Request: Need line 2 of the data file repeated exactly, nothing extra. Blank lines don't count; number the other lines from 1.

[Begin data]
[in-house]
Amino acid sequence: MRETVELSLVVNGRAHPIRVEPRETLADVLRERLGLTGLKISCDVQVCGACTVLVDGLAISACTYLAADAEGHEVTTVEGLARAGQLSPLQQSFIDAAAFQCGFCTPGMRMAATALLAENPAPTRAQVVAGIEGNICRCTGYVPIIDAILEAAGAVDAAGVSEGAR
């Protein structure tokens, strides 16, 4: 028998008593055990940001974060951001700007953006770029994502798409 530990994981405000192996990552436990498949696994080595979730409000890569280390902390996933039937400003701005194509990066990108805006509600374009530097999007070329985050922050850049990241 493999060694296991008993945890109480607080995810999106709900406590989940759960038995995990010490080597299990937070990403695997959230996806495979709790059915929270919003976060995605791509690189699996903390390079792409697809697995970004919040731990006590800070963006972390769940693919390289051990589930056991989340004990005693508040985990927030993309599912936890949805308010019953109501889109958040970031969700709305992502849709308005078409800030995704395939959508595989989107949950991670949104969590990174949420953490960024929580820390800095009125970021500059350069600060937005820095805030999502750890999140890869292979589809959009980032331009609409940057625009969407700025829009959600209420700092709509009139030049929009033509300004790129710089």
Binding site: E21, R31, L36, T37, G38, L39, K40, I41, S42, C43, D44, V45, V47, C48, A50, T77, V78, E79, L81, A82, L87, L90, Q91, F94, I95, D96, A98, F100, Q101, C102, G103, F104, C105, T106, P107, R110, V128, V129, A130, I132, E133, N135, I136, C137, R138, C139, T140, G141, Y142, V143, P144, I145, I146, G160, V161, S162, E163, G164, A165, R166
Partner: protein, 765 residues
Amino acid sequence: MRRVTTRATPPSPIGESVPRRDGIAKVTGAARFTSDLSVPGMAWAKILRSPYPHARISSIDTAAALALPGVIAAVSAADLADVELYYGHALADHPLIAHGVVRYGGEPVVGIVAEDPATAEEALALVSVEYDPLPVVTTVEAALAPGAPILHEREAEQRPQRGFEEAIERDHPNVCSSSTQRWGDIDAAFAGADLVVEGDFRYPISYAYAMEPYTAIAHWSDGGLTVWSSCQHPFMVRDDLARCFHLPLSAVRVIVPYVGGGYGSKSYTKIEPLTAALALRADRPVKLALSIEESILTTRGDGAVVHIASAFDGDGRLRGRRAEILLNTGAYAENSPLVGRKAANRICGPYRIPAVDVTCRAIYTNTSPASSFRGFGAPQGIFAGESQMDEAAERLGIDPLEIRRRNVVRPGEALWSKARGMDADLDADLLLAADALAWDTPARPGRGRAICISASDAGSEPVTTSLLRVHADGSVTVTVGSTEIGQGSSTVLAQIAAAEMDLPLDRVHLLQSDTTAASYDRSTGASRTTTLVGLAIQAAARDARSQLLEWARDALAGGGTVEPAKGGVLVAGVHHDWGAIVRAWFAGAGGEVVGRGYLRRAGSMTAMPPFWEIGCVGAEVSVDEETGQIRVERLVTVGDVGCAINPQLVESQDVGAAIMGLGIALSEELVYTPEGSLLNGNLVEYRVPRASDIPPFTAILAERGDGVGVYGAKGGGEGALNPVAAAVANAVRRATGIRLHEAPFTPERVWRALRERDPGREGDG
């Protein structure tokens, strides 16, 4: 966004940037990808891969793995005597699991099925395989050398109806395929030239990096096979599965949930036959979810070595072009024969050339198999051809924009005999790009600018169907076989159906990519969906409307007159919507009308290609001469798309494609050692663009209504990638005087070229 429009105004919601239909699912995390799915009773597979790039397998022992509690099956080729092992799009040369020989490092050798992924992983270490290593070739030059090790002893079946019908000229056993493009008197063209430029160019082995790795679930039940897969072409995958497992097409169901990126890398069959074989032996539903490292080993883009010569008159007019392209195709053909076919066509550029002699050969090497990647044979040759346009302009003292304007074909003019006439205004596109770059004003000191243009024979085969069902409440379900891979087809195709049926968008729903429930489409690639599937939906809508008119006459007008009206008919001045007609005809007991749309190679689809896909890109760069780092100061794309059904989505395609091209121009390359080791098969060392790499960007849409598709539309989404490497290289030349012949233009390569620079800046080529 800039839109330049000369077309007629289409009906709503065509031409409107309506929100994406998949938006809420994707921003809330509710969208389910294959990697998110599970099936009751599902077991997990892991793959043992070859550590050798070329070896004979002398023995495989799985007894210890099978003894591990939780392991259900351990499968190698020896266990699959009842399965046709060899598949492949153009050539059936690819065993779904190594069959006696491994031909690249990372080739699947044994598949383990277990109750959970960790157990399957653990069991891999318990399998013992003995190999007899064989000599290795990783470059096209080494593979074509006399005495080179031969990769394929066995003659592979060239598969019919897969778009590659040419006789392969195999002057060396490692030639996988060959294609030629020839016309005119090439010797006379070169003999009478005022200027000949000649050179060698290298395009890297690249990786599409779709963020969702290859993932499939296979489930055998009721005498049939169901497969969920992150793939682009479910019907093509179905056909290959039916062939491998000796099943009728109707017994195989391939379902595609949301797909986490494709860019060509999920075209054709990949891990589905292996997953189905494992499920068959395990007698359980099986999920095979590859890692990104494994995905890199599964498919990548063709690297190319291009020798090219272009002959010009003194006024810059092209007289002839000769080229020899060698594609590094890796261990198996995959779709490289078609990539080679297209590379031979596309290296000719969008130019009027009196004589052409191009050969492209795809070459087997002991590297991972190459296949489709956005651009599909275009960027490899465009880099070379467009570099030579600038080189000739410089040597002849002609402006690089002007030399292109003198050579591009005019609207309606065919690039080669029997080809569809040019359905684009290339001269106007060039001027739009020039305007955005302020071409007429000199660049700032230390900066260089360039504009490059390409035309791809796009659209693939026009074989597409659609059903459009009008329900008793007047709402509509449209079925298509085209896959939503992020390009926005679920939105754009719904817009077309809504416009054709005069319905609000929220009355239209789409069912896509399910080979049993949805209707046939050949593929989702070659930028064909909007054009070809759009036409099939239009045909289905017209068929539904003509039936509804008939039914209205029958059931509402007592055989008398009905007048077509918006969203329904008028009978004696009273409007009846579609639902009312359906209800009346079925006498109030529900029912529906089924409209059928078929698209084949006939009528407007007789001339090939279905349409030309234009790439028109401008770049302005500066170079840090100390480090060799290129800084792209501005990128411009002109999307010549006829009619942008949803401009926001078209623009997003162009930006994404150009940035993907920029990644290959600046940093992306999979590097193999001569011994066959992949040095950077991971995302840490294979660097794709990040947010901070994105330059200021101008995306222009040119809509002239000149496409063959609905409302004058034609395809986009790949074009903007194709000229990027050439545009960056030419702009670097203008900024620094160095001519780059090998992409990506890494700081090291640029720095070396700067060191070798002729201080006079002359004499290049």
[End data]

Amino acid sequence: MRETVELSLVVNGRAHPIRVEPRETLADVLRERLGLTGLKISCDVQVCGACTVLVDGLAISACTYLAADAEGHEVTTVEGLARAGQLSPLQQSFIDAAAFQCGFCTPGMRMAATALLAENPAPTRAQVVAGIEGNICRCTGYVPIIDAILEAAGAVDAAGVSEGAR